If you thought last year’s brouhaha over moving the Iron Gate soup kitchen and grocery pantry was a mess, listen up.
This time around, it could be worse.
First, let’s recall how the dust settled last year? After months of public jawing between proponents and opponents of the nonprofit’s proposed move from Trinity Episcopal Church, 501 S. Cincinnati Ave., to the Pearl District, it was the city of Tulsa’s Board of Adjustment that settled the debate. Sort of.
The BOA voted 2-2 last October on Iron Gate’s application for a special exception to the zoning code. The special exception was need to build the new soup kitchen and grocery pantry at 302 S. Peoria Ave. It takes three votes in the affirmative for a BOA motion to pass, so Iron Gate’s application was technically rejected.
But at least the BOA rendered a decision.
A year later, with Iron Gate headed back to the board Tuesday with another application for another special exception for another proposed relocation site, it doesn’t look like the BOA will even be able to do that.
Three of the Board of Adjustment’s five members have notified BOA staff that they will have to recuse themselves from the case because of conflicts of interest. They are Carolyn Back, Stuart Van de Wiele and Tom Flanagan.
That means the BOA will not be able to render a decision on Iron Gate’s application. In order for Iron Gate to seek relief in Tulsa County District Court, should the nonprofit choose that option, it must have some kind of ruling from the Board of Adjustment, and that is not going to happen Tuesday.
It turns out the Downtown Coordinating Council has concerns about Iron Gate’s latest proposed site, between Seventh and Eighth streets and south Elgin and Kenosha avenues, and has requested that the case be continued until Dec. 13.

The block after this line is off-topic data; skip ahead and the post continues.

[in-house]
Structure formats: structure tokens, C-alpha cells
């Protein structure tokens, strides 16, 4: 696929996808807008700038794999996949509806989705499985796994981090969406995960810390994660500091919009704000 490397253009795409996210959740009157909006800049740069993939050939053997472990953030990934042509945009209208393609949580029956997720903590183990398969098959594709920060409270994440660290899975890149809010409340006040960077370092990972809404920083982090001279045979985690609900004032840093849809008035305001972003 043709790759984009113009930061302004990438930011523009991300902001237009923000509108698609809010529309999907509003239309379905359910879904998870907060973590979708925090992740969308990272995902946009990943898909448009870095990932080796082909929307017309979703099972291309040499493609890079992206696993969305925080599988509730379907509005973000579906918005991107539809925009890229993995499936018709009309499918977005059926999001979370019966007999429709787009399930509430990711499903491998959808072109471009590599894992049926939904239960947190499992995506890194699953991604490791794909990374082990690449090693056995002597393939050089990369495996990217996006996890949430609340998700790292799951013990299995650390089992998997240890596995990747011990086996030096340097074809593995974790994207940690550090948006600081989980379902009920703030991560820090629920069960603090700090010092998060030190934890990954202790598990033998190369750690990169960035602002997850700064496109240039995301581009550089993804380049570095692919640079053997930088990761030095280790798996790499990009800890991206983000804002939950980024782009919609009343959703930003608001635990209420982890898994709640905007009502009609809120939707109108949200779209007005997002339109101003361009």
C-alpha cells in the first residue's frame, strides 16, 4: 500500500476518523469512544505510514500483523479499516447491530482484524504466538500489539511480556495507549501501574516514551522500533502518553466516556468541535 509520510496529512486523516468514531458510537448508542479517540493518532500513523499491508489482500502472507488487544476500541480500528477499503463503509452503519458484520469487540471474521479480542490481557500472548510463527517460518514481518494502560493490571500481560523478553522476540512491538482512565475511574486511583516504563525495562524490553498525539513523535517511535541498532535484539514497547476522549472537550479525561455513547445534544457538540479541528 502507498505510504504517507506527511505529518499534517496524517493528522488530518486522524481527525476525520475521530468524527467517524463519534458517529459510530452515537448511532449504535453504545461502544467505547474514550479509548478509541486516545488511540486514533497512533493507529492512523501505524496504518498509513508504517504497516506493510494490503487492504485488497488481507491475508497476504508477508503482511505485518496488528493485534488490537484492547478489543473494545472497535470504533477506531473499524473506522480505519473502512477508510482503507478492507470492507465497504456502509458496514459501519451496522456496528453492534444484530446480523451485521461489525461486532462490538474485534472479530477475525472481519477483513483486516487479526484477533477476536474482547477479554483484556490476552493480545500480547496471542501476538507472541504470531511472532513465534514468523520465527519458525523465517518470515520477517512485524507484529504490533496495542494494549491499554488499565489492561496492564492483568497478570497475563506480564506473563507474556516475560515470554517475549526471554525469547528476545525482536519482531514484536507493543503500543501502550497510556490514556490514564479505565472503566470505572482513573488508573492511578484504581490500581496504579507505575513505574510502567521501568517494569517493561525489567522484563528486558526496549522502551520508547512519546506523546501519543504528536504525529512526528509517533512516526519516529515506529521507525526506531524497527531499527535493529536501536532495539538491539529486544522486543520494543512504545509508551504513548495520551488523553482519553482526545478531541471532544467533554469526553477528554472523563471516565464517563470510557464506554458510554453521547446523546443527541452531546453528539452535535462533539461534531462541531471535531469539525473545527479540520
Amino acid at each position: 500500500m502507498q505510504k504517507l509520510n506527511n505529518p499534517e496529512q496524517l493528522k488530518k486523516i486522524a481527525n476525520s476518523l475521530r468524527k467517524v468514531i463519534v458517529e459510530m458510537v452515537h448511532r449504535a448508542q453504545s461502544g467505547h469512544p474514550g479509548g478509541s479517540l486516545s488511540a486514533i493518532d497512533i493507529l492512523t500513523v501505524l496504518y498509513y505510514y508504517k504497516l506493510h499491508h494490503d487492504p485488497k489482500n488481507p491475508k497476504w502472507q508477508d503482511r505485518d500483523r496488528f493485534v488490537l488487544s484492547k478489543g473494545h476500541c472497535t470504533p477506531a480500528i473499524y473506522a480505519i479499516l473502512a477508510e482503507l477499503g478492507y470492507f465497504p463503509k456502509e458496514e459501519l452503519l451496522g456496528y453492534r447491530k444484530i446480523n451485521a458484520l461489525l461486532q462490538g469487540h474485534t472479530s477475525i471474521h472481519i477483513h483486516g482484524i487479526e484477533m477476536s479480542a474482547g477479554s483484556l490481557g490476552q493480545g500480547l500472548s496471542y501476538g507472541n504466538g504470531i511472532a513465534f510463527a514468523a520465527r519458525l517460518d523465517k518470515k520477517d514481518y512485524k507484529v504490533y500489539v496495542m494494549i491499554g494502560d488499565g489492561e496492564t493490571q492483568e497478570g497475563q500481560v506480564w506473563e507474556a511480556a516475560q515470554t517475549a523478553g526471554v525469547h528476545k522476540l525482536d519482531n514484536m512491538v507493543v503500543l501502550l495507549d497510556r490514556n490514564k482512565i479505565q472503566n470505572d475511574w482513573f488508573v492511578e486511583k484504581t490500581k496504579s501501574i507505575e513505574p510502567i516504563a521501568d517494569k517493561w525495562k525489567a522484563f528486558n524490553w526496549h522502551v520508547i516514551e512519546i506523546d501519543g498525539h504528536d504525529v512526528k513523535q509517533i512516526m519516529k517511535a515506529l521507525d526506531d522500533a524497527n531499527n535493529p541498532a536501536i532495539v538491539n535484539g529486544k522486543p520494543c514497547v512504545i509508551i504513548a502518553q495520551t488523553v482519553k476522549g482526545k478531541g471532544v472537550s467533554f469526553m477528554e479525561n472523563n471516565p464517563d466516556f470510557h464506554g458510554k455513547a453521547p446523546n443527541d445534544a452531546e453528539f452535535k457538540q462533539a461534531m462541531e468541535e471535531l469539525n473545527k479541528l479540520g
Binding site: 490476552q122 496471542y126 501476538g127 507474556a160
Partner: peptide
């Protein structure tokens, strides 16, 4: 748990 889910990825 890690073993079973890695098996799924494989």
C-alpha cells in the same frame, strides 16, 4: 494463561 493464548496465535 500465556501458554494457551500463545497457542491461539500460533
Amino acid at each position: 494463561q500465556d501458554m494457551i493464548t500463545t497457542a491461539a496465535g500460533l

But that date won’t work because Austin Bond, one of the two BOA members who is not recusing himself — David White is the other — won’t be able to attend that meeting. So Tuesday the plan is to try to schedule a special meeting for Nov. 17, at which time the Iron Gate case will be heard.
The special meeting, if approved, would be at the same time and place as Tuesday’s meeting: 1 p.m. in City Council chambers of City Hall, Second Street and Cincinnati Avenue.
There’s more. Typically, BOA members who recuse themselves leave the room while the case is being heard and do not cast votes. In this case, however, three members — a majority of the board — must recuse themselves. If they all leave the room, there would no longer be a quorum and the meeting would be over.
So the plan, according to city planning officials, is to have the three board members who have to recuse themselves be present for the special meeting Nov. 17, but when it comes time to vote, they will have to abstain.
Although only Bond and White will be able to cast votes — and thus no vote in the affirmative or the negative is possible — Iron Gate will have a decision from the BOA in hand to make its case in Tulsa County District Court should it choose to do so.
Susan Miller with the Indian Nations Council of Governments, which provides staff services for the BOA, said it is important for the public to attend the Nov. 17 meeting and give their opinions on the proposal.
“I anticipate that tomorrow the BOA will continue the public hearing for Iron Gate based on voting members present & DCC request,” Miller said. “It is important for interested parties to attend this hearing to ensure their comments are included in the record and considered as this moves through the process.”
Iron Gate officials argued last year that the new, larger facility was needed to accommodate its ever-growing number of clients. The soup kitchen was established in 1978 by parishioners of Trinity Episcopal Church, who stepped out of a Bible study to made a sandwich for someone, according to its website.
It has since become a separate entity from the church and serves more than 200,000 meals a year and tens of thousands of bags of groceries to the poor and homeless.